Wildlife Rescue Resources
The following organizations treat and accept injured wildlife, please follow their instructions for what they accept, the help they provide and any payment that is involved.
Call the Blue Heron office if you need further assistance; we are not set up to treat wildlife at our facility and only offer a referral service.
4158 Klondike Road, Lithonia, Georgia 30038
Accepts all species of injured, ill, or orphaned native wildlife. Please take the animal to them but email them first. Animals are accepted daily from 9a.m. – 7p.m..
Chattahoochee Nature Center
9135 Willeo Road, Roswell, GA 30075
Accepts Injured and ill raptors, reptiles and amphibians only. Animals need to be brought to the wildlife center between the following hours: Monday-Saturday 10-4, Sunday 12-4.
Cobb and Cherokee Emergency Veterinary Animal Clinics (Open 24 hours, 365 days)
Cobb County location, 770-992-2055
Cherokee County location, 678-238-0700
Lake City Animal Hospital in Acworth
3671 Cobb Parkway NW Acworth, GA
To search for other Wildlife Rehabilitators in GA, use AWARE’s handy Resource List, shown by County.
Some animal hospitals and centers will have fees or accept donations, please inquire before you take an animal for help.
I Found a Baby Bird:
Use this flow chart to determine if you can return the baby bird to the wild undisturbed. If the baby is obviously injured or sick, follow the links above to find nearby rescue help.
I Found a Baby Wild Animal:
Use this flow chart to determine if you can return the baby to the wild undisturbed. If the baby is obviously injured or sick, follow the links above to find nearby rescue help.
Blue Heron Rescue
Great blue herons are majestic birds of prey that can be found in both fresh water and salt water environments throughout much of the United States, parts of southern Canada and into the Caribbean. They were once victims of hunting for their feathers, and have lost some of their wetland habitats, but are doing well in areas where there is suitable habitat and minimal disturbance.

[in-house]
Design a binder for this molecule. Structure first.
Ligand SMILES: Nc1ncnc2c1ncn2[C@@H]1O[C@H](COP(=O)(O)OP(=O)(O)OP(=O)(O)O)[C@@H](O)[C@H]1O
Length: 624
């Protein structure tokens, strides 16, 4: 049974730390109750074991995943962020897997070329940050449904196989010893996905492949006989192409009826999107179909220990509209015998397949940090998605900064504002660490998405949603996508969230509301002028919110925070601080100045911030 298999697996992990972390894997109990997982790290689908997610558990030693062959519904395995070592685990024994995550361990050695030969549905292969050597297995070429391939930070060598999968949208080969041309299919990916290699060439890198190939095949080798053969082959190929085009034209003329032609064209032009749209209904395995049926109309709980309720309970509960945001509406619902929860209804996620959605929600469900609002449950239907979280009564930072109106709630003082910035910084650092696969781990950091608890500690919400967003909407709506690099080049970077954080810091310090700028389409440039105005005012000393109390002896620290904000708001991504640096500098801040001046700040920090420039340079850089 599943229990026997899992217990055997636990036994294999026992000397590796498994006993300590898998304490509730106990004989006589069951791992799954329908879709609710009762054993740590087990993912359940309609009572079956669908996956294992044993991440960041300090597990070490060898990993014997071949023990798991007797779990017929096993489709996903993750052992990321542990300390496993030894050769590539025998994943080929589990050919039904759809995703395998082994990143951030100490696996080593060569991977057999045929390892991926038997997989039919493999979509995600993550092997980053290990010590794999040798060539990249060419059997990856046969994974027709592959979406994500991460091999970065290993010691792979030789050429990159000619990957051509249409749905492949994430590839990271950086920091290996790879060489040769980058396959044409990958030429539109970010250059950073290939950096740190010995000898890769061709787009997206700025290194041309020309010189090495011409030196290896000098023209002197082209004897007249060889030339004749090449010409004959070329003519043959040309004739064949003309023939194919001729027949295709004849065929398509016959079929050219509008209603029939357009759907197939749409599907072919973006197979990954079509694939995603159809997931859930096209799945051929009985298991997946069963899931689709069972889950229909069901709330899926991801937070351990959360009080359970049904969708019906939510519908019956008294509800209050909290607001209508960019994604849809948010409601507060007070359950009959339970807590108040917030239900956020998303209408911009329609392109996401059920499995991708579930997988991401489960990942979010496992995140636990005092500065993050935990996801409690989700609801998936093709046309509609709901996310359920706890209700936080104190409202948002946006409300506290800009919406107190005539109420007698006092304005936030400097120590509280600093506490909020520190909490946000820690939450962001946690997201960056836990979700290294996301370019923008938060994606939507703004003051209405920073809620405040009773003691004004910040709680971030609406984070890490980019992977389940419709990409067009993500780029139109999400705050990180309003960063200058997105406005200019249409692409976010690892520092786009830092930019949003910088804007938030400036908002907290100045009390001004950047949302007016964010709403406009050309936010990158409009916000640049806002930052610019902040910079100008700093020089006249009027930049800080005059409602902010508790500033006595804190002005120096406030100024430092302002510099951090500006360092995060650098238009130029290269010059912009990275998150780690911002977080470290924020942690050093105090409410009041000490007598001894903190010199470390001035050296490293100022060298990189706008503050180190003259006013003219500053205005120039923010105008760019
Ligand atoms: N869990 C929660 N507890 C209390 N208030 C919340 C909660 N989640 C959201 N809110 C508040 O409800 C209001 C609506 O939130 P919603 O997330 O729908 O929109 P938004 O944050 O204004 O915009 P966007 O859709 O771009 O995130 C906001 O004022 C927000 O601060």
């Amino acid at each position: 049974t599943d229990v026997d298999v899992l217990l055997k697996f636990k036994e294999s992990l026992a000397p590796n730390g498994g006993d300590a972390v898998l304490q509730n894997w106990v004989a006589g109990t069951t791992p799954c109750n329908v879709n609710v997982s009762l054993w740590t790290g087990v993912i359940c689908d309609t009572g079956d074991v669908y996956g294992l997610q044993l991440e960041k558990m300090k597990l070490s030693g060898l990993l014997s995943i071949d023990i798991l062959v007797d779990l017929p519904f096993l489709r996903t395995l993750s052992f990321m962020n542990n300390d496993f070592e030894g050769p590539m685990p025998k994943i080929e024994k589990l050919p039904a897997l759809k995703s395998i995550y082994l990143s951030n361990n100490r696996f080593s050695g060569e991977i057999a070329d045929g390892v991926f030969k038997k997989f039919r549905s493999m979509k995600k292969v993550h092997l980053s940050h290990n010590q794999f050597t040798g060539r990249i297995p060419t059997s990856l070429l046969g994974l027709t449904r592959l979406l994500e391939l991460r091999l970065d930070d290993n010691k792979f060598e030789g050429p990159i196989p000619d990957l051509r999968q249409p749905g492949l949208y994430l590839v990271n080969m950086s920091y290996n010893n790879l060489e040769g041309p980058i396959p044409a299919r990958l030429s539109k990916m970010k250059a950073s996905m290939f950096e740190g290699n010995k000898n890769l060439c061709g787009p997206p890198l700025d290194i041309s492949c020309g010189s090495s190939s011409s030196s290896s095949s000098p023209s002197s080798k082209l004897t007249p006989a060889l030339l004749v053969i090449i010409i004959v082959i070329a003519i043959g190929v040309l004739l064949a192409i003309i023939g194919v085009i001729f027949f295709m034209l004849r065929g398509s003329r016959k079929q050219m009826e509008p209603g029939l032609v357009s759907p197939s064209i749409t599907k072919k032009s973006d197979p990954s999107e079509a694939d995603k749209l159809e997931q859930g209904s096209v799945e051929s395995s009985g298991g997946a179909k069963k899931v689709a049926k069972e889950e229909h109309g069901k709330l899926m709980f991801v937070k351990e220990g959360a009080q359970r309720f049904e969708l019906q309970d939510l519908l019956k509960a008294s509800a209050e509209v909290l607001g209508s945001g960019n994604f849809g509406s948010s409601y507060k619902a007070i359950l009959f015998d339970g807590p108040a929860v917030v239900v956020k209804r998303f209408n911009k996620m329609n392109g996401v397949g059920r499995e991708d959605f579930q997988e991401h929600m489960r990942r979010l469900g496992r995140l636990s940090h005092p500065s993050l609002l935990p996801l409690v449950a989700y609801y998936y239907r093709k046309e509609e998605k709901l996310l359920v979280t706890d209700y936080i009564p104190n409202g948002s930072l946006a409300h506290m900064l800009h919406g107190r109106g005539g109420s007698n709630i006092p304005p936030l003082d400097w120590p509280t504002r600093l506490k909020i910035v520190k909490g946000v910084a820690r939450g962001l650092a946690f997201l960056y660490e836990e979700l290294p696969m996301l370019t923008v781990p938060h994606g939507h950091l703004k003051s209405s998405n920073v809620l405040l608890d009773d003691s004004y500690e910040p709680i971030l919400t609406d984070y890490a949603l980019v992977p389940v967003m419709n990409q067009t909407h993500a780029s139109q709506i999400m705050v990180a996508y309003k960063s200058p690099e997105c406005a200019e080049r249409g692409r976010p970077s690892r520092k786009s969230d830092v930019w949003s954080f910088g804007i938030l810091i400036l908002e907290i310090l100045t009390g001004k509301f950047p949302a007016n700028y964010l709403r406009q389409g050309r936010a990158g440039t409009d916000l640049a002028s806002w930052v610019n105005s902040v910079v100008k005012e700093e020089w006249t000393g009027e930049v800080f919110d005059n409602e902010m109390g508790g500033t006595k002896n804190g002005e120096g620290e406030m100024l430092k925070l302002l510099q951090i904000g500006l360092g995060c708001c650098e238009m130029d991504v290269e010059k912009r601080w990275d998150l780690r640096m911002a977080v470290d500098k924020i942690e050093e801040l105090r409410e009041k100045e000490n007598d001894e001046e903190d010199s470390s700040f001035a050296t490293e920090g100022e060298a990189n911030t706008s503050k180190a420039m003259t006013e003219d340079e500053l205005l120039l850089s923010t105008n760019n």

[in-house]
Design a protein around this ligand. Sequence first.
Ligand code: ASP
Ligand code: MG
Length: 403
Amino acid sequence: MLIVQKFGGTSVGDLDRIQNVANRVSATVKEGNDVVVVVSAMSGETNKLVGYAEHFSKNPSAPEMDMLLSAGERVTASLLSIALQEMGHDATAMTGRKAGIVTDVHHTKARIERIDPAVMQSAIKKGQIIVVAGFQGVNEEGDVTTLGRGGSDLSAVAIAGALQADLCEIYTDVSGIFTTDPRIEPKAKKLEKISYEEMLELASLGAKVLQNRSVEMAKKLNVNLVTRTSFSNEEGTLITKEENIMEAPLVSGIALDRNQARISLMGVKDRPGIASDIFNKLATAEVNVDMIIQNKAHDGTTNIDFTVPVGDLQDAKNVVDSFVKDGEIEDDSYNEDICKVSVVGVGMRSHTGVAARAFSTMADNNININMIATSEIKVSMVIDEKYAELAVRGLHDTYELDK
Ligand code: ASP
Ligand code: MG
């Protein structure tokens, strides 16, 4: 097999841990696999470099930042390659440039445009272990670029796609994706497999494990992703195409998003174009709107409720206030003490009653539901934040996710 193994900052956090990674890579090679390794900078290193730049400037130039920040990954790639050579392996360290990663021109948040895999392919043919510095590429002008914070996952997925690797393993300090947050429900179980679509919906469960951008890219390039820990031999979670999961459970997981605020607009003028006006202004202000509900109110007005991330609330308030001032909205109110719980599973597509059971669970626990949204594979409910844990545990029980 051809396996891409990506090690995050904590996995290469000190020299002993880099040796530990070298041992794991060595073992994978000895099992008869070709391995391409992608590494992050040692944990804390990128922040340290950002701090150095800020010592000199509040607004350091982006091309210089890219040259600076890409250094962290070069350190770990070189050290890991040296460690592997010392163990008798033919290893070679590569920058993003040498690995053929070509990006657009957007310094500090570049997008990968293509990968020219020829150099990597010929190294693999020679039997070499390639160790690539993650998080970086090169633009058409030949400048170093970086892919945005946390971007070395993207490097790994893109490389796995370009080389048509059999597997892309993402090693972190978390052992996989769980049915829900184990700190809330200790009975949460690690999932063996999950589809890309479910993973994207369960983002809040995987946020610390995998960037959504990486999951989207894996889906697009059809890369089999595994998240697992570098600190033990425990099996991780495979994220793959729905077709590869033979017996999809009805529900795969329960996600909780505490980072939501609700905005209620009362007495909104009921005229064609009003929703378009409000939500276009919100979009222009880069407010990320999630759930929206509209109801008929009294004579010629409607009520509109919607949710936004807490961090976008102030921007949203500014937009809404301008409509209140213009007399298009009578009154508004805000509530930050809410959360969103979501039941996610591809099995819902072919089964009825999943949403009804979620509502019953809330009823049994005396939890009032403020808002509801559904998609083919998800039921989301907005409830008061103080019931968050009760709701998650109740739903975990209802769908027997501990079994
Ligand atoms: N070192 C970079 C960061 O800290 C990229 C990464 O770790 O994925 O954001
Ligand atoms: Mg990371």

The Blue Heron Nature Preserve has been home to many blue herons, which like to stand or wade in the pond and creek looking for fish in the water, or for amphibians, reptiles, insects, small mammals or even other birds that may be within striking distance. At about four feet tall, great blue herons are easy to identify, though they can be hard to spot when they stand motionless and blend into the background.
As impressive as their patient waiting for prey is and their quick striking once they spy something catchable, they are perhaps most majestic when in flight, with their massive size, long legs and wide wings.
For detailed information about the life history of great blue herons, photos, videos, sound samples and other information, the Cornell Lab of Ornithology is a great source of information.
For the basics, visit: http://www.allaboutbirds.org/guide/Great_Blue_Heron/lifehistory
To see a live Blue Heron bird cam, visit:
If You Find a Blue Heron in Distress:
The public should not try to rescue an ill or injured heron, as it is too dangerous. The best solution is to follow the contact information for AWARE and have their volunteers rescue the bird unless it is an infant and can be taken to AWARE or one of the veterinary hospitals listed on the wildlife rescue page.
If you see a blue heron in a natural habitat, it’s always best to keep your distance and let the bird continue its natural behaviors. In Atlanta, the Blue Heron Nature Preserve is a good place to observe them, as are various points on the Chattahoochee River. If you see a blue heron in a non-natural setting in Atlanta (such as a road or parking lot), do not approach the bird, even if it appears injured. Blue herons are dangerous due to their strong, sharp beaks and should never be approached, even if you want to help. Instead, call the following:
- AWARE: 678-418-1111
- Your local animal control office
If you want to help blue heron populations thrive, support the preservation of undisturbed wetlands and natural areas, and clean, non-polluted waterways as much as possible, even within urban areas like Atlanta’s. Any time land is developed wildlife such as blue herons will be affected. Be careful when fishing or driving near wetlands. Getting caught in fishing equipment such as lines and hooks or being hit by cars are a major cause of blue heron injury in populated areas. Note that herons are legally protected by the U.S. Migratory Bird Treaty Act.